28th November, 2014
It was at the October edition of the monthly Filmmakers’ Forum of the Nollywood Studies Centre. The topic was, Beyond the Glitz: An Acting Career Built on Sweat, Tears and Professionalism, and the guest speaker was Joke Silva.
The seasoned thespian had arrived punctually, looking very much the part for the topic. Exuding elegance in a black and white Remy Lagos outfit and sporting an exuberant Afro, Silva appeared every inch the glamorous actress. Relaxed and dishing out to everyone her usual wide and pleasant smile, she conveyed a sense of ease that belied the reality of the hard and often challenging work of the professional actor. One of the challenges is how to create a believable fully fleshed out three-dimensional character.
It was clear from the very beginning of the Forum that characterisation for Silva is not something superficial. When she plays a role on stage or in a film, she lives the life of the portrayed character. This came through in her explanation for the generous Afro wig she had on. She had just finished playing the role of an older woman, she said, and was about to take up the part of a much younger character in another production. Her wearing of the wig was to help her break out of the previous role and enter into character for the new role. In not so many words, Joke Silva made it clear that the body of the actor is the canvass on which the film/stage character is drawn and made to come to life. The actor must encapsulate the personality of the character and give it being.
After taking a quick survey of the members of the audience to find out which of her films they had watched, Silva spoke about her acting career by describing the challenges involved in bringing to life the characters she had played in the different films.
One of the truly memorable characters for her was Mama Tega in Amaka Igwe’s Violated. Being quite young at that time and of a rather petite stature, the challenge was to convincingly play the part of a much older person, a powerful and domineering matriarch. But she pulled it off. Among other things, she built up a profile of Mama Tega based on the characters of the different older women that she knew. She also paid particular attention to her costume and make-up, both of which she handled herself. The portrayal was so successful that people that met her, after having watched Violated, could hardly believe that she was the same person.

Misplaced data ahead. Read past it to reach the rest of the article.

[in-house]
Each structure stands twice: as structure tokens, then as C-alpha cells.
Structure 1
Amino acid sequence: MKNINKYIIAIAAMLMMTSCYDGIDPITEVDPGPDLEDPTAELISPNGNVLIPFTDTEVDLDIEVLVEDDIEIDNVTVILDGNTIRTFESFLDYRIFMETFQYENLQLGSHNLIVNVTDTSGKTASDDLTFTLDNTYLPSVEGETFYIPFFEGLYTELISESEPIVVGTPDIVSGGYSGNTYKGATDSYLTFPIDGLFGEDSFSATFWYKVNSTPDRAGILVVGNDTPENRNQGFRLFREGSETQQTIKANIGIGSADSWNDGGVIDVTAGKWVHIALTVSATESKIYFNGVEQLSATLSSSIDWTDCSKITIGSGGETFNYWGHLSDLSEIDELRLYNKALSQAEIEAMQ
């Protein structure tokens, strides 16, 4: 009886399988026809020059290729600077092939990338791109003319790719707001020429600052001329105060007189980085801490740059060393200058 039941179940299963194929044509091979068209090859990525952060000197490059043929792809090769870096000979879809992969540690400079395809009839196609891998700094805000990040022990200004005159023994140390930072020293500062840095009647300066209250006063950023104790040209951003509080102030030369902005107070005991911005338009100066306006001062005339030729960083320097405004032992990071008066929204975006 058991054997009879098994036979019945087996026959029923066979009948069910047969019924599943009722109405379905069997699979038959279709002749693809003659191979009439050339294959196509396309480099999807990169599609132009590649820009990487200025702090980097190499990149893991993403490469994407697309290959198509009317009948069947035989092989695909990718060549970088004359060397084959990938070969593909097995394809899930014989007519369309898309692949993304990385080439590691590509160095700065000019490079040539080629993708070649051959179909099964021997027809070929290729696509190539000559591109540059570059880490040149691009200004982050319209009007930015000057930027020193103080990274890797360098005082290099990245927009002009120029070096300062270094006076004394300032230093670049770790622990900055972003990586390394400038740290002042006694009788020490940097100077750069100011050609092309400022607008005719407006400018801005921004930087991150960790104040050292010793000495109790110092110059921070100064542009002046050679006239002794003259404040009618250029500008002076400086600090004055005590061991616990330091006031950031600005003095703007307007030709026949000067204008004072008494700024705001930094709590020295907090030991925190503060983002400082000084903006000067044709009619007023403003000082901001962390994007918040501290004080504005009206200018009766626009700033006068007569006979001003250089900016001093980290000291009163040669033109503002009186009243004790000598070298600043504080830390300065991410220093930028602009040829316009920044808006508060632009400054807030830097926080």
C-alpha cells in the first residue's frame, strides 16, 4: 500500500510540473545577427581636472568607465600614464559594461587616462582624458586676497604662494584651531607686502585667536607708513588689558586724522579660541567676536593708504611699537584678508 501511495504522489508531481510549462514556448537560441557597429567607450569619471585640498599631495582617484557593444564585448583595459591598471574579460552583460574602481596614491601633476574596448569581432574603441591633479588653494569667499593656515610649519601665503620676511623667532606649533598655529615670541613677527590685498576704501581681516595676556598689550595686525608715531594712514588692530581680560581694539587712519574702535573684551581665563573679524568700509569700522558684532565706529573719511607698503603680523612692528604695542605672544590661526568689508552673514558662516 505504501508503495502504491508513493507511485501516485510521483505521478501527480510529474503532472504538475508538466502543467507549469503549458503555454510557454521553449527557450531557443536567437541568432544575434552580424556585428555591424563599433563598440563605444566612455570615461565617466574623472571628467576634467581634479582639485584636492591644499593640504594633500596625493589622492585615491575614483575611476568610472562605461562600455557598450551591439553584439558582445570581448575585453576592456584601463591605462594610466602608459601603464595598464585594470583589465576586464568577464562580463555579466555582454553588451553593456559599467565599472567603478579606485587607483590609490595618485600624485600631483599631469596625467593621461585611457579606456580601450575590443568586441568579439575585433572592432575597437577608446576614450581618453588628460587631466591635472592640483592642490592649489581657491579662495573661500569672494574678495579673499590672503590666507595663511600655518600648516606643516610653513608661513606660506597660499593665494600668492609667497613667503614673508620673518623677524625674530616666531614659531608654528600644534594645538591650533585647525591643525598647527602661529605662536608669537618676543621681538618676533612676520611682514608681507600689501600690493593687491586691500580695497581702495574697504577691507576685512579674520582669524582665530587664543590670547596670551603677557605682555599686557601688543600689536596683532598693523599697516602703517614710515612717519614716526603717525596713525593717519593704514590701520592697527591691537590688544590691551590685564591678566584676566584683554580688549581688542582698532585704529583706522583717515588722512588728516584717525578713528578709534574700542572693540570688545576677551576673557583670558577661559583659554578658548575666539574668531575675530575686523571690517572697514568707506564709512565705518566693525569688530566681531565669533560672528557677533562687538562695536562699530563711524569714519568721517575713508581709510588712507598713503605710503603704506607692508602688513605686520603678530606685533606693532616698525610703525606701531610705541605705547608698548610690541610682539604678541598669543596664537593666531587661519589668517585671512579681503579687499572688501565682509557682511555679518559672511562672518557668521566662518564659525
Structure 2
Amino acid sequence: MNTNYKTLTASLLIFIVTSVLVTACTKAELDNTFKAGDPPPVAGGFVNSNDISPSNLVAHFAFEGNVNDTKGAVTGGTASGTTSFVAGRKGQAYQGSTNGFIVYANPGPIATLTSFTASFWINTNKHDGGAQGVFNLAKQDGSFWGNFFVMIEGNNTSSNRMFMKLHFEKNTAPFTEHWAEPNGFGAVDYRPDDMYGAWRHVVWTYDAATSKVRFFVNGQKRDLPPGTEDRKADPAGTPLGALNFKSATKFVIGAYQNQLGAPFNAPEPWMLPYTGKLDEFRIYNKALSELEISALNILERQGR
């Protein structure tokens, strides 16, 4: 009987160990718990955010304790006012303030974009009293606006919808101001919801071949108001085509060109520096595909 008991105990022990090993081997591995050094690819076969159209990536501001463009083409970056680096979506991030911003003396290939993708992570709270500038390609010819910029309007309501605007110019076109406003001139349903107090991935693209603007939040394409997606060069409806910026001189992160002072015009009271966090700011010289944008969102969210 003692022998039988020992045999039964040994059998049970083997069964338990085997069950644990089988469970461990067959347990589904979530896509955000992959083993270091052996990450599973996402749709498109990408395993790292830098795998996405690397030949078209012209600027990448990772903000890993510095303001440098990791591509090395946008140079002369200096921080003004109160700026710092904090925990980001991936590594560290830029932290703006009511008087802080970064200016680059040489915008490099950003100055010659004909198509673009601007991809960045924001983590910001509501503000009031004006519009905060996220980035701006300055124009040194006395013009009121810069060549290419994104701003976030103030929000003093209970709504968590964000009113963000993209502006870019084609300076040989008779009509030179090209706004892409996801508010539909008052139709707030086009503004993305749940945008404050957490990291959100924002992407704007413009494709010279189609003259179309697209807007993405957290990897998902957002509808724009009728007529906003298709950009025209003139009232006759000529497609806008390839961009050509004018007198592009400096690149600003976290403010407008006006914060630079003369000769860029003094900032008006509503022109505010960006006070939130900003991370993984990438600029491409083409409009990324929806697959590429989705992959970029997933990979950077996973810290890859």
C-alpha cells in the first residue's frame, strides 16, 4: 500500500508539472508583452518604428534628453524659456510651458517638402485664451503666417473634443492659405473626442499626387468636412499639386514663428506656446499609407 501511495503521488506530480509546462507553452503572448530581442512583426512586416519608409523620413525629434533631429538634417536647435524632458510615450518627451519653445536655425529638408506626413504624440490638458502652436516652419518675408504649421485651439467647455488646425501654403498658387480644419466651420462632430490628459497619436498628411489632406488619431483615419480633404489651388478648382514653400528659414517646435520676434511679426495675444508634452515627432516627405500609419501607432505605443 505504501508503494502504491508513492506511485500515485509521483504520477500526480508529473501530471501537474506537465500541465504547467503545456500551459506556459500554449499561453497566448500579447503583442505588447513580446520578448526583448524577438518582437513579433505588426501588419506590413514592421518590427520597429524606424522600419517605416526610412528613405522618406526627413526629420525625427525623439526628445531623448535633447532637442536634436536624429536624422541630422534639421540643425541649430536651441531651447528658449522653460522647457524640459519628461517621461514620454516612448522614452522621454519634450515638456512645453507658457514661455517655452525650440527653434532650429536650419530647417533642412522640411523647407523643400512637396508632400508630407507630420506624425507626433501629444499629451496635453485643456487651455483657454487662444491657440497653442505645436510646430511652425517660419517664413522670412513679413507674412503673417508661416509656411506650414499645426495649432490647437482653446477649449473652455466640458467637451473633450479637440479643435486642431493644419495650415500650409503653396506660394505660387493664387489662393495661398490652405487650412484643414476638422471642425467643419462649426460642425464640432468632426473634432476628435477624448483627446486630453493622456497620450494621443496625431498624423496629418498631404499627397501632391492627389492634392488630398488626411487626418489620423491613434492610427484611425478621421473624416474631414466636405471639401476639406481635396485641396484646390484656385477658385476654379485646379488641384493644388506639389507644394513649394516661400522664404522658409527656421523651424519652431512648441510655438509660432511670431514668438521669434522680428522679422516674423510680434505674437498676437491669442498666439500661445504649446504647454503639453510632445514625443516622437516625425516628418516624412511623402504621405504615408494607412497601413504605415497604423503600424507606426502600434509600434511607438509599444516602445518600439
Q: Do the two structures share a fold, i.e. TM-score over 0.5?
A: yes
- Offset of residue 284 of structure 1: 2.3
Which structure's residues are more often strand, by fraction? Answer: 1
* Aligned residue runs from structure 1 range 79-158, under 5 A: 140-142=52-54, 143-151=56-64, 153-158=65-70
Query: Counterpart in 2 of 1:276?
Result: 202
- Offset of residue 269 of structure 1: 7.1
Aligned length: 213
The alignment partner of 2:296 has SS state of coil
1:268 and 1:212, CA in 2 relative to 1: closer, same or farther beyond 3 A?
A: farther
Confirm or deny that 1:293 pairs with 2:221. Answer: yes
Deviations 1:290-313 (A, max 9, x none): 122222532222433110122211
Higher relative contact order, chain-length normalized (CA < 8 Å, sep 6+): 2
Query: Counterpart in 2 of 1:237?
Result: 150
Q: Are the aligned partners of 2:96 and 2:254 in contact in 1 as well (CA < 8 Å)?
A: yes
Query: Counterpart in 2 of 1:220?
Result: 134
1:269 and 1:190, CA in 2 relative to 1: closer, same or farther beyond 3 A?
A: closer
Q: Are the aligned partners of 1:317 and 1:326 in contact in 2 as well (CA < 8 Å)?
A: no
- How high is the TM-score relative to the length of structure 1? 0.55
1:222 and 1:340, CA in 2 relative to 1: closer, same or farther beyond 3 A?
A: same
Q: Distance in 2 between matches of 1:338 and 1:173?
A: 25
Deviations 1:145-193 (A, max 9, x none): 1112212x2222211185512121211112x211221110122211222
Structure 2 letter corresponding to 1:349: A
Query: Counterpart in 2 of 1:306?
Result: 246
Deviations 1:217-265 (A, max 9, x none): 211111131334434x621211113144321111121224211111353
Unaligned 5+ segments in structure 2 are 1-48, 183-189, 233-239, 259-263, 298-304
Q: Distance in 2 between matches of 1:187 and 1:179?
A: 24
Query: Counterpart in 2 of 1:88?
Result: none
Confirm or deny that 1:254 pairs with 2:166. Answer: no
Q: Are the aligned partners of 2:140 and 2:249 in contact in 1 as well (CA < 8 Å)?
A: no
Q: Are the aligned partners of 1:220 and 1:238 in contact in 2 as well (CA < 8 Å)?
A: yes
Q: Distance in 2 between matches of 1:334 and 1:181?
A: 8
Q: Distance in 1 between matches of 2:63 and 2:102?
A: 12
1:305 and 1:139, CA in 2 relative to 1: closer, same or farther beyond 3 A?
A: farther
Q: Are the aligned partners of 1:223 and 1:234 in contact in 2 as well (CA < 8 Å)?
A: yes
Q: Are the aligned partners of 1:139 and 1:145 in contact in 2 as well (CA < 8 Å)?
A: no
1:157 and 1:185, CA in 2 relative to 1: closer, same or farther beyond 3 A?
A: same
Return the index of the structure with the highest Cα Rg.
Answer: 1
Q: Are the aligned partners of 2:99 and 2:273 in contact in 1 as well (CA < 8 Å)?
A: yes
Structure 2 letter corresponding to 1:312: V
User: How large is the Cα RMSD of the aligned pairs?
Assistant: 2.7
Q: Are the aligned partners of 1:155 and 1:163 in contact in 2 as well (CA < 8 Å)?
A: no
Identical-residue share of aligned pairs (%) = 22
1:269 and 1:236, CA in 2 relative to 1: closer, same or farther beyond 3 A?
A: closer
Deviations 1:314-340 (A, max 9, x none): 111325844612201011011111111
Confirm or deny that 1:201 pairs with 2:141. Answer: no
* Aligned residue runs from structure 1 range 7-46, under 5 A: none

But such successes do not come easy. Silva shared with the audience her experience of the gruelling years she spent studying Drama at the Webber Douglas Academy of Dramatic Art in the UK. Among other things, the course involved intensive training in acting, movement and voice. The training was such a demanding one that she actually contemplated dropping out at some point; but she stuck with it. But it was so tough that she lost a lot of weight – to the point that when she returned to Nigeria at the end of it all, her father threatened to take action against the school. But the rigour of the training, Silva says, has paid off. It has served to give depth to her acting. The message she puts across is clear: anyone that wants to do well as an actor must be willing to put in due effort.
Exuding a true passion for her profession, the award winning actress stated, “I am wired for acting.” Her love for acting goes back as far as her childhood, she stated, when she would convince her friends to stage little dramas for visitors to the family home. In spite of the more or less prevalent view in society of actors as never-do-wells, her father and mother, a lawyer and doctor respectively, gave her their full support from the very beginning. But her decision to take up acting as a profession, she states, was based on the fact that, after duly praying about it, she saw it as God’s will for her. As a consequence, she has always striven, she said, to ensure that every step in her career is in line with what God wants of her.
In response to one of the questions asked by members of the audience, Sylva spoke about how she and her husband, Olu Jacobs, are trying to contribute to the training of young actors at the Lufodo Academy of Performing Arts. The Academy offers practice based training and participants are prepared for work in theatre, film and television.